top of page
  • Writer's pictureLeigh Gerstenberger

Is Your "Net Working"?

Networking is both an art and a science. The art of networking pertains to the methods you use to connect with others while the science of networking relates to the mechanics or tactics you employ and do so. I like to analogize building a network to starting a collection. Just like people often collect (and surround themselves with items that give them pleasure; antiques, coins, watches or baseball cards) building a network surrounds a person with relationships from which they can also derive pleasure and benefits.

That being said, it's one thing to collect relationships as part of building your network, but it's another thing entirely to cultivate those relationships. For a garden to flourish it must be tended by an active gardener, and the same is true of your network. Growing your network is a daily exercise of planting the seeds that will result in new relationships growing over time while weeding out relationships that are stale, dying or have just stopped flourishing. In short, there's a considerable amount of work in growing an effective network! With that in mind, here are a couple of steps you can take that, over time, will result in your developing a flourishing network.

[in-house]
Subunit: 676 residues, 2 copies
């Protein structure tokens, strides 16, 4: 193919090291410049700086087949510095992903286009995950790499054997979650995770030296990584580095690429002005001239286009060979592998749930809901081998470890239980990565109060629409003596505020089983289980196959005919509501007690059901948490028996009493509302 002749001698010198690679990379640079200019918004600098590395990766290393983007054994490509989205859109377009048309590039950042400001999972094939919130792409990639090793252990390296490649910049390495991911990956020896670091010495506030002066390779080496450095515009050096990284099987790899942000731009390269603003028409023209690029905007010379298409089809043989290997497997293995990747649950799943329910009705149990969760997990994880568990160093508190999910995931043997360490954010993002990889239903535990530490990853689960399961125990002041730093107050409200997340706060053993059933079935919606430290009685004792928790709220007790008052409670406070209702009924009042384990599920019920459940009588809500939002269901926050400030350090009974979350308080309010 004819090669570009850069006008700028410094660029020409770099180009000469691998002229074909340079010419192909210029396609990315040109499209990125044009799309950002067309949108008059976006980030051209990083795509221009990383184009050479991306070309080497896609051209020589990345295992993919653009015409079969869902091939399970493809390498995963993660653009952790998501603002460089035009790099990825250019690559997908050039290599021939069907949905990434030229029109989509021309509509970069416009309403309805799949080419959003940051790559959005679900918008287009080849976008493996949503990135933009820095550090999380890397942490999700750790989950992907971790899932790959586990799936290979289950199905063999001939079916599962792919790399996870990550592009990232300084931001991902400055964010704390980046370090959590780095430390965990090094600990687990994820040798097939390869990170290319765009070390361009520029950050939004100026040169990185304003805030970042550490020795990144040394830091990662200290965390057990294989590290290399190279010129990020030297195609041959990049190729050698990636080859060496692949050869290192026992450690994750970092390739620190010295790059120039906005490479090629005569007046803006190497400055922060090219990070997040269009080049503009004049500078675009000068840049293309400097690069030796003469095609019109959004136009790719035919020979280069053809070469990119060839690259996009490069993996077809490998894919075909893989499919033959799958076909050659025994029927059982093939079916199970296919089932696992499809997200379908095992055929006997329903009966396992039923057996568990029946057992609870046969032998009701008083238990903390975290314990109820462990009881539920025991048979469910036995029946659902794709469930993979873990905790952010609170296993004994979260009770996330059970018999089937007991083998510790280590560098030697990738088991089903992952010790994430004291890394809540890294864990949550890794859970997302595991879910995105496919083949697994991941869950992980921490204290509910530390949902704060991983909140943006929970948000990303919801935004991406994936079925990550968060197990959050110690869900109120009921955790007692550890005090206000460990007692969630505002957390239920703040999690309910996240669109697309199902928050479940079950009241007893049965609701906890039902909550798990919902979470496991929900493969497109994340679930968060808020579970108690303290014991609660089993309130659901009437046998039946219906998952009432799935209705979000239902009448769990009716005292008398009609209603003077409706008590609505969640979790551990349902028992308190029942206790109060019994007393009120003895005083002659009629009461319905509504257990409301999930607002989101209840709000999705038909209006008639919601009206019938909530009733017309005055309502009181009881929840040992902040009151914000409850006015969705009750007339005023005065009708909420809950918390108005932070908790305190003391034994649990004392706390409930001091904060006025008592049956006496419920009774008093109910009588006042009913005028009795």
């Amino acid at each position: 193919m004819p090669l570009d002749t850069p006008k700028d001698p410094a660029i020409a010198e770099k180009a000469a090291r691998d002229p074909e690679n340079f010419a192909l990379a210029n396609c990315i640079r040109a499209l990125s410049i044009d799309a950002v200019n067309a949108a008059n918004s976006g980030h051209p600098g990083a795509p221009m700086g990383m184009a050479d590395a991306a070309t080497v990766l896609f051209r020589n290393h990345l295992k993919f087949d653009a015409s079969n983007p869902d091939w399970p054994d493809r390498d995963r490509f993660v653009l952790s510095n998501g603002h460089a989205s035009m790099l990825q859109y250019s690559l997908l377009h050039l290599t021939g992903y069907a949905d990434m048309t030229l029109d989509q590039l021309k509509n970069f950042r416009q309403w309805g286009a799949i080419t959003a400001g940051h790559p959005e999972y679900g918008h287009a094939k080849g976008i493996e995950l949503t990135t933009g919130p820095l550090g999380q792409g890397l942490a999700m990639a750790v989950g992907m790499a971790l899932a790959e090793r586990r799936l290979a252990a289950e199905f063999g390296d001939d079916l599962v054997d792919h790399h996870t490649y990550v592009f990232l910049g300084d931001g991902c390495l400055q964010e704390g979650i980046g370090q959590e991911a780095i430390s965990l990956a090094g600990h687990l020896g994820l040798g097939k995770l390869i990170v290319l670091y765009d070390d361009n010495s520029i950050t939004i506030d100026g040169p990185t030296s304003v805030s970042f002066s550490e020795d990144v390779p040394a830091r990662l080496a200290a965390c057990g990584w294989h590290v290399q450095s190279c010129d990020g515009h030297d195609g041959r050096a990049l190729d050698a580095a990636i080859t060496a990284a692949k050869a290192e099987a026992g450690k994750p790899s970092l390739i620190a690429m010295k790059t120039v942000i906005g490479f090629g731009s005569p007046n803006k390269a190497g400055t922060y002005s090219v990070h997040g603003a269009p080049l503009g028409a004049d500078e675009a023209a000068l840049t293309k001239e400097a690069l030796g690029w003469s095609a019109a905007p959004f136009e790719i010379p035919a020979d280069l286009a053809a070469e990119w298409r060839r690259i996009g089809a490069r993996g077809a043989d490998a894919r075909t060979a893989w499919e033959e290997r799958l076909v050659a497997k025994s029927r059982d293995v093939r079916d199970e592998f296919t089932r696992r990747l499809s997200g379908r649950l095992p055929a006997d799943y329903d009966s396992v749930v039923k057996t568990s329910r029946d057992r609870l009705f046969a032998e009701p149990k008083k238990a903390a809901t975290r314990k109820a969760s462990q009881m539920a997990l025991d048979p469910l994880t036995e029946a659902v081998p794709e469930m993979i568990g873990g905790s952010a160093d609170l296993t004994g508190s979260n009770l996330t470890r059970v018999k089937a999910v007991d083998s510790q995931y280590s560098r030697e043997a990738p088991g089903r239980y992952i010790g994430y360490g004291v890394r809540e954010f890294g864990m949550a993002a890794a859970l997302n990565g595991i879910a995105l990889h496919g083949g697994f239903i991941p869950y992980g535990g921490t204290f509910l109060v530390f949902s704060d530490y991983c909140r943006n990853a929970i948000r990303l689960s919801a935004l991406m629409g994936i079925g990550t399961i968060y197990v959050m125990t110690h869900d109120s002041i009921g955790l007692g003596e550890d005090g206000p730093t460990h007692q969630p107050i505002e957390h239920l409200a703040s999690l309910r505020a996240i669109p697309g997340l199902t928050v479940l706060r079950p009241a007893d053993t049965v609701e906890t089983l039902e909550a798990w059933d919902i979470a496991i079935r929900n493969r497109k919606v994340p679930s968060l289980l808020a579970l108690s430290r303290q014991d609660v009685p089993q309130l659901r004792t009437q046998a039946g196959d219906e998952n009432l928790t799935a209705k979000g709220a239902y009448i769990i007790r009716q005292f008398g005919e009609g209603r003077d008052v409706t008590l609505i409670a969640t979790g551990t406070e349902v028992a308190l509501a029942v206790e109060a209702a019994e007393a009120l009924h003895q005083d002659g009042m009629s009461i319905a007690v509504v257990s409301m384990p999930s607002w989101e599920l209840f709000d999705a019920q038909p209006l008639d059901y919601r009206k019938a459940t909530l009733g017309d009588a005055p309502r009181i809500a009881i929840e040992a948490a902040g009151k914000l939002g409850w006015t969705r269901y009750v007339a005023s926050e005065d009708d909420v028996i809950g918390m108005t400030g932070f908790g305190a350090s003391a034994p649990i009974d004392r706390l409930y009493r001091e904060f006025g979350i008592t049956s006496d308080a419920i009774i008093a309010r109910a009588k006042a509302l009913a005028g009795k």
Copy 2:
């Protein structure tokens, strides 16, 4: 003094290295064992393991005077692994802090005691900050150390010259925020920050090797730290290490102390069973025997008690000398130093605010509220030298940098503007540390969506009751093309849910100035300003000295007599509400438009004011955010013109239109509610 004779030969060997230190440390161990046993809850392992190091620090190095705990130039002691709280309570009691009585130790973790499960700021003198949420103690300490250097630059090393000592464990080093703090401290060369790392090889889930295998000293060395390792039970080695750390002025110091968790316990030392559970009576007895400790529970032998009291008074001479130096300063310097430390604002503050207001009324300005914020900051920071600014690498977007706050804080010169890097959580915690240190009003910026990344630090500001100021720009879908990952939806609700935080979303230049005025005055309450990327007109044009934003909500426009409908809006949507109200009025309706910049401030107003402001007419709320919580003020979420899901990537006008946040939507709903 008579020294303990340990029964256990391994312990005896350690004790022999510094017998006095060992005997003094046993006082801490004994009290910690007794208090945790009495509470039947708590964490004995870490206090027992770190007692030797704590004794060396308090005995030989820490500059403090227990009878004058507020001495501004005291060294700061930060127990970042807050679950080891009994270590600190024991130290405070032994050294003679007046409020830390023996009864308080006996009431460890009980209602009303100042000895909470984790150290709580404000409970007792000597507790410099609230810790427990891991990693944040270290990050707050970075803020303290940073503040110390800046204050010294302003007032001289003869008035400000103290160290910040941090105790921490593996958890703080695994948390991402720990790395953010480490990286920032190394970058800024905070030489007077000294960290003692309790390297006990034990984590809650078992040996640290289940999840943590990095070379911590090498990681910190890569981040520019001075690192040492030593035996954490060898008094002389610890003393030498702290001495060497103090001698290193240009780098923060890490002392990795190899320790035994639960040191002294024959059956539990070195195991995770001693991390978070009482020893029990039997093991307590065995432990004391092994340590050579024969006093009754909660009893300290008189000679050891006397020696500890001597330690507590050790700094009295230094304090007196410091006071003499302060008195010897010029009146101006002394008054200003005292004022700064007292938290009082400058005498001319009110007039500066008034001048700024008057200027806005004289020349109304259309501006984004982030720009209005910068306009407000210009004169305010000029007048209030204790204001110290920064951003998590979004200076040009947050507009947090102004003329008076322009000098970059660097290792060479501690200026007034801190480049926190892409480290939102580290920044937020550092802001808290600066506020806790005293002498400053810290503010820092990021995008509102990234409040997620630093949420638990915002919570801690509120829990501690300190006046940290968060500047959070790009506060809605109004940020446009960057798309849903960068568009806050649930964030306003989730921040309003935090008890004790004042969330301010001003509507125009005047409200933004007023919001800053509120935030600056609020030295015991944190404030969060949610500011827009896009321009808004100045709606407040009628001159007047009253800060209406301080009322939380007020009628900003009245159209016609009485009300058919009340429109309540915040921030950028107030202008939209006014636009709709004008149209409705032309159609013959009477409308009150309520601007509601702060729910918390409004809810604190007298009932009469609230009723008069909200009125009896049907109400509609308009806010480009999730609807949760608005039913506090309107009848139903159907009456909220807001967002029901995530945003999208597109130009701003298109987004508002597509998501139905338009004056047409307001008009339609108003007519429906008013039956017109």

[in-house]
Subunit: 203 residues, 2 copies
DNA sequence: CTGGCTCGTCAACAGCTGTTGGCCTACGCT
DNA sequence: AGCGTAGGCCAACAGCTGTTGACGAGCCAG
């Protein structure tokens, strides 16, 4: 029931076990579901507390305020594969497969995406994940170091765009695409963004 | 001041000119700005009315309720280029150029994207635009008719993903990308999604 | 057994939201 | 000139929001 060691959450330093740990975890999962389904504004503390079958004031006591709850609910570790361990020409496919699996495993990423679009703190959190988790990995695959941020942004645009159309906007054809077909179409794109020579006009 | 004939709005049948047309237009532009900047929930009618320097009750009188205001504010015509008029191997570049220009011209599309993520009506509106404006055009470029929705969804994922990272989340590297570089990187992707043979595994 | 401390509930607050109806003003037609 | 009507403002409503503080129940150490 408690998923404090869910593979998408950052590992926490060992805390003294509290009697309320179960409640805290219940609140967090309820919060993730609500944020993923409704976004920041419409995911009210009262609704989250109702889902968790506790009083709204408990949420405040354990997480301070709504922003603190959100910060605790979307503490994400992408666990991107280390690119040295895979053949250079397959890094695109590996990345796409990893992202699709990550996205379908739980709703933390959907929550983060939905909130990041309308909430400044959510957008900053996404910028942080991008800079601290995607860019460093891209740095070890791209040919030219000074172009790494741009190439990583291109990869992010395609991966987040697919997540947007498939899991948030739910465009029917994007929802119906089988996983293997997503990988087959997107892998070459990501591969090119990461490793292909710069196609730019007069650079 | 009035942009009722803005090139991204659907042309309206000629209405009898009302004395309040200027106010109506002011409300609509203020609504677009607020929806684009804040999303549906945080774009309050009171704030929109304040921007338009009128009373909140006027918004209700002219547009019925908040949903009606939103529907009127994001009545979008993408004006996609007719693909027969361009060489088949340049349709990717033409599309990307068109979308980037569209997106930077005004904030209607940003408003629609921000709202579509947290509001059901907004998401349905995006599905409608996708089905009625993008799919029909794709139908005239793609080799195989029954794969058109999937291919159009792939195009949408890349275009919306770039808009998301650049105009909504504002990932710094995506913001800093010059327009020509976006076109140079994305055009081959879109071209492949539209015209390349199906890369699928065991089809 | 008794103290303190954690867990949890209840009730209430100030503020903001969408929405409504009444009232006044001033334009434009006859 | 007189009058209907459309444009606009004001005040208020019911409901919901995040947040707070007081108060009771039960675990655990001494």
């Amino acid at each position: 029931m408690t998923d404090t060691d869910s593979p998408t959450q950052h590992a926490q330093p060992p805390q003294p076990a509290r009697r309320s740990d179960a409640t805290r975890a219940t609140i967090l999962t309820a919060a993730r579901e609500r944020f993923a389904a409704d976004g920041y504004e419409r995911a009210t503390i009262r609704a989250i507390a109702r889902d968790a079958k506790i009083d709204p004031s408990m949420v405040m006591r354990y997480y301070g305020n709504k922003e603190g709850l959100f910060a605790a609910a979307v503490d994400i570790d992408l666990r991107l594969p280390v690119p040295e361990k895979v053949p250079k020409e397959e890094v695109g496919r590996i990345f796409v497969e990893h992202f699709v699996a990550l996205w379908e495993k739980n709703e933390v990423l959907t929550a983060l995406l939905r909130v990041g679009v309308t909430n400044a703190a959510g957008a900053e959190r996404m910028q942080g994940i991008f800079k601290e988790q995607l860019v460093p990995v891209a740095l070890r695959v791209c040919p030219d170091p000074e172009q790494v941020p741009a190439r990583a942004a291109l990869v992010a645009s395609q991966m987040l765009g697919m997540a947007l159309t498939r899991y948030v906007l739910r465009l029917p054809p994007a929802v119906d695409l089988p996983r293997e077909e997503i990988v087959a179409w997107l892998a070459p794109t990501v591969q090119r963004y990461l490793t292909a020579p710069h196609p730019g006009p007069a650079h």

1. Connect with 1 - 3 people per day.

Try to make a new connection each day by adding the individual's name, contact info (email, phone #, employer and job title) into your contacts along with a note to yourself on how you met them and/or who introduced you to them. Make sure you reach out to via LinkedIn as the final step in ensuring that they are appropriately networked with you.

2. Give Back

Start looking for ways you can give back by connecting individuals with other people who they should know. Remember, it's better to give (referrals or assistance) before (or if you never) receive anything in return.

3. Take a personal interest in others.

Ask specifically, "how can I help you?". Make sure you're motives are pure. If they're not and/or you have a hidden agenda, it will become very obvious very quickly.

4. Avoid the quid pro quo.

Simply put, don't keep score. If your motives are pure and you're using your network to help others, more than ample benefits will come your way over time.

In summary, if you'd like to connect and have me help you get your "networking", I'd enjoy hearing from you. Let's set-up a time to chat here.

71 views0 comments

Recent Posts

See All


bottom of page